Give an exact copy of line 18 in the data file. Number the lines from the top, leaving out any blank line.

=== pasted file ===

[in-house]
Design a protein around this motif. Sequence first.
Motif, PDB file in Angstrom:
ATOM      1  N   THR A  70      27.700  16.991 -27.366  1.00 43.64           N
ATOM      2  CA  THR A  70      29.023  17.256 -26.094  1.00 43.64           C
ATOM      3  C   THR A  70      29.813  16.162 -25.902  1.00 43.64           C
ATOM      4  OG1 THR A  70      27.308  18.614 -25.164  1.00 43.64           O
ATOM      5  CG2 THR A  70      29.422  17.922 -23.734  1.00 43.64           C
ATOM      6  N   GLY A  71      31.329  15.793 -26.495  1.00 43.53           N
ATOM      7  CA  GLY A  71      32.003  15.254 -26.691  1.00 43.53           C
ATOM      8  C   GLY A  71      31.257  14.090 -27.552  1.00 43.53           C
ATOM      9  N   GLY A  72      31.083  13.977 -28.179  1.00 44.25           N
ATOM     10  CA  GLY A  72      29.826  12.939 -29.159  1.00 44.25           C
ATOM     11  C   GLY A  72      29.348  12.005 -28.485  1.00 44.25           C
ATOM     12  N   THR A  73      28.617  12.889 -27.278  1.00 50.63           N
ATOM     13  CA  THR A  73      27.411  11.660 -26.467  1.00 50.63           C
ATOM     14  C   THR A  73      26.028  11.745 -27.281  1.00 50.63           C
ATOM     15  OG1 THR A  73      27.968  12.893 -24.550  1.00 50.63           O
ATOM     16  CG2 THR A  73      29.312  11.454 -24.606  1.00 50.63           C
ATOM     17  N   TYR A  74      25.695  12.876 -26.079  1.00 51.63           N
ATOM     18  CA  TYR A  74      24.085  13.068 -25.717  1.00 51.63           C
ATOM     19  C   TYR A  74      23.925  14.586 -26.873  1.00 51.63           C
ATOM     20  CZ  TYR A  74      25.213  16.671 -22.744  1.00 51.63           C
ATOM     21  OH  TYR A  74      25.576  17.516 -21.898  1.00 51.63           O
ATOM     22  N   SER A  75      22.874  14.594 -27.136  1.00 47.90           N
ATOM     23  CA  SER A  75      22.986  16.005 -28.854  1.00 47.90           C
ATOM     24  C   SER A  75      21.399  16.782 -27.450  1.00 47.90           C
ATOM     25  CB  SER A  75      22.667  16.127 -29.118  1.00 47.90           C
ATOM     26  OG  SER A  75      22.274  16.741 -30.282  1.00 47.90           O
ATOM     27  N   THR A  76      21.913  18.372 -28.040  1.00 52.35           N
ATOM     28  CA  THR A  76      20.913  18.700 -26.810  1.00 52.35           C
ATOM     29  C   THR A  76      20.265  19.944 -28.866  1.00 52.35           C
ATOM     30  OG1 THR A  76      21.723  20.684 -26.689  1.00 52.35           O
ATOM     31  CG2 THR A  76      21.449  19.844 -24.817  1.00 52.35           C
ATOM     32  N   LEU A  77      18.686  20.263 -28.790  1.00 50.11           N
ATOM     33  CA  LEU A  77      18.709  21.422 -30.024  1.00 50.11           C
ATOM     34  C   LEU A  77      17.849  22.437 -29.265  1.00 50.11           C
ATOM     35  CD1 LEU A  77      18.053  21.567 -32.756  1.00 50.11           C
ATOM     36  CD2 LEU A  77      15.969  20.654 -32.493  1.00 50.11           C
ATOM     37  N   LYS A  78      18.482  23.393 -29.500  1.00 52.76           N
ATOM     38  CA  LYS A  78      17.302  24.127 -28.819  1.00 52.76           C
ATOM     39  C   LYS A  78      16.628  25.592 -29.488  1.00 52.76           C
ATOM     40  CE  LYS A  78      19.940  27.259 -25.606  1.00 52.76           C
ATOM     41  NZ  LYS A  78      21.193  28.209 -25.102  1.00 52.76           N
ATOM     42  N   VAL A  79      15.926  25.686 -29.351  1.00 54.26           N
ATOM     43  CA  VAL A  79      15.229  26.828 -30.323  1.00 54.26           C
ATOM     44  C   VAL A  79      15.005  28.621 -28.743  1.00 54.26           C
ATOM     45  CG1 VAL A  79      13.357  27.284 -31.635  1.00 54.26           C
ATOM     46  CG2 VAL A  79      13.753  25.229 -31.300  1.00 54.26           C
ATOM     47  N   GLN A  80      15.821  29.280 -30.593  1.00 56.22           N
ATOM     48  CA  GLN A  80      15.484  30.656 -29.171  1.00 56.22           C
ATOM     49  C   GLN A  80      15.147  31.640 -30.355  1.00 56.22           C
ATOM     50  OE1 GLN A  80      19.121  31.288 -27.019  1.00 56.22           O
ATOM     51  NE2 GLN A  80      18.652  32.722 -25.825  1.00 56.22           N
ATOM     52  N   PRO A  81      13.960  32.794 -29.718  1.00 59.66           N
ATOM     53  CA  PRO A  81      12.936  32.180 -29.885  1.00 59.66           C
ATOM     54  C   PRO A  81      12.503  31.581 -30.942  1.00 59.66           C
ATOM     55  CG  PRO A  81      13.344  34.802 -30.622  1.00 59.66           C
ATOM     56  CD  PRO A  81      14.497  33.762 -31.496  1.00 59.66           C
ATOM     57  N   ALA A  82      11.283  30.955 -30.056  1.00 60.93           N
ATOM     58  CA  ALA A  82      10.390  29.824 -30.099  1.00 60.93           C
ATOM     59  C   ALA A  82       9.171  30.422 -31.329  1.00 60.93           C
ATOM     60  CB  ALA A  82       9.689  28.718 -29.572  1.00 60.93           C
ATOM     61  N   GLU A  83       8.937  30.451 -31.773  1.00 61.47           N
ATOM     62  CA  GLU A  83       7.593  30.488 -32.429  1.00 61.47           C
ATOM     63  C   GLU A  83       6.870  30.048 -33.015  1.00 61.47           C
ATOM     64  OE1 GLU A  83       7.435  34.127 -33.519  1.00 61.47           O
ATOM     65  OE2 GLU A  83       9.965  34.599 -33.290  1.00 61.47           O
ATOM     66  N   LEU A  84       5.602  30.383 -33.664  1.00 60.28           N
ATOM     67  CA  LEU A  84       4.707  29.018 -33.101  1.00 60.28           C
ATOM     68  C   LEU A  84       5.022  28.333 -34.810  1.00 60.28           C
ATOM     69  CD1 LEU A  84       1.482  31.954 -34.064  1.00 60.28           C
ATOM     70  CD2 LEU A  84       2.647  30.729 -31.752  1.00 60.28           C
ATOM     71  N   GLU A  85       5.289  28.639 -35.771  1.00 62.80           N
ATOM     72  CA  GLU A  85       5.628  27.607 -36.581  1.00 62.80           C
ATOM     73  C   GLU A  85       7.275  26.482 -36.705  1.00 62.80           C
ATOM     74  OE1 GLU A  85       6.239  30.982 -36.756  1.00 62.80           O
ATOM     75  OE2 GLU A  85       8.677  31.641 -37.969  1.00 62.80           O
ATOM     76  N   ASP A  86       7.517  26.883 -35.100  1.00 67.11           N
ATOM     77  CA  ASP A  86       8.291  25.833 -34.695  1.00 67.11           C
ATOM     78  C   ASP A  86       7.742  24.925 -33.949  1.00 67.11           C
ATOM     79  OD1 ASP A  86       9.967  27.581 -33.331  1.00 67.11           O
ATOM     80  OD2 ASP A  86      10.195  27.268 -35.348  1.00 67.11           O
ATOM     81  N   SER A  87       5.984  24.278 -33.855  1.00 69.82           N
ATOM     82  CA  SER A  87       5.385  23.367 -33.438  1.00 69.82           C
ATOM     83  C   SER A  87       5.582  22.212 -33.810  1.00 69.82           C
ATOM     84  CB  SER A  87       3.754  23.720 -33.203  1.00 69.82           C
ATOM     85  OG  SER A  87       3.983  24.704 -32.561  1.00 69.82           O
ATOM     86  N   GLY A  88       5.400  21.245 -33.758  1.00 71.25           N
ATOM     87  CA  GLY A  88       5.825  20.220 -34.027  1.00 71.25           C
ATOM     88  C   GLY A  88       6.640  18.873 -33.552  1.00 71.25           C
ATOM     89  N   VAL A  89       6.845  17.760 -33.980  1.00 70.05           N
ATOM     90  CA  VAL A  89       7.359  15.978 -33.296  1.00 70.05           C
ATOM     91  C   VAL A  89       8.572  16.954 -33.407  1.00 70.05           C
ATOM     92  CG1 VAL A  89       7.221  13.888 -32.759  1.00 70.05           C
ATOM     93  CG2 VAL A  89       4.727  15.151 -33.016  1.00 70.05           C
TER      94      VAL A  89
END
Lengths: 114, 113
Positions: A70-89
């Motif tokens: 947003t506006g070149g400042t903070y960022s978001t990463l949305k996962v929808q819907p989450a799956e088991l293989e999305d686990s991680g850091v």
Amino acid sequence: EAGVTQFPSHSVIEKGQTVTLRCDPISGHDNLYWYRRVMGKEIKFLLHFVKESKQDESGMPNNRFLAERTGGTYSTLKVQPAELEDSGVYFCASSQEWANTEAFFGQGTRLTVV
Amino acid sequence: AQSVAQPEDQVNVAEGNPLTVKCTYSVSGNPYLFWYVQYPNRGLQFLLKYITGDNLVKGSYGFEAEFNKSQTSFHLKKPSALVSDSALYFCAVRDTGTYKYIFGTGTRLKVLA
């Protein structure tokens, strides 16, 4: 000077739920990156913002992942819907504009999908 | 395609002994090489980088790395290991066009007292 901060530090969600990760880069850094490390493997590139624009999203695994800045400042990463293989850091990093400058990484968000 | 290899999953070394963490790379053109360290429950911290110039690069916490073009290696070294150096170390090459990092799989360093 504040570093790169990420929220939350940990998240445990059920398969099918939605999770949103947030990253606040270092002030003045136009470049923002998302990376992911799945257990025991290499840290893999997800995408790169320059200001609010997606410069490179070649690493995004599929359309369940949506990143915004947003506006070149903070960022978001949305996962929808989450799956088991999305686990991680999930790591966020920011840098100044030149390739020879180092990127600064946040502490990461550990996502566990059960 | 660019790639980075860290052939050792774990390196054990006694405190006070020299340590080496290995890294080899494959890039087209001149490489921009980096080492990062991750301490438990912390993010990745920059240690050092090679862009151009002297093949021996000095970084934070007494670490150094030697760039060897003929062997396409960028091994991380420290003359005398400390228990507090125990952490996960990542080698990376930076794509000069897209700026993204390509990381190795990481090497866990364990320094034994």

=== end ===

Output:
ATOM     15  OG1 THR A  73      27.968  12.893 -24.550  1.00 50.63           O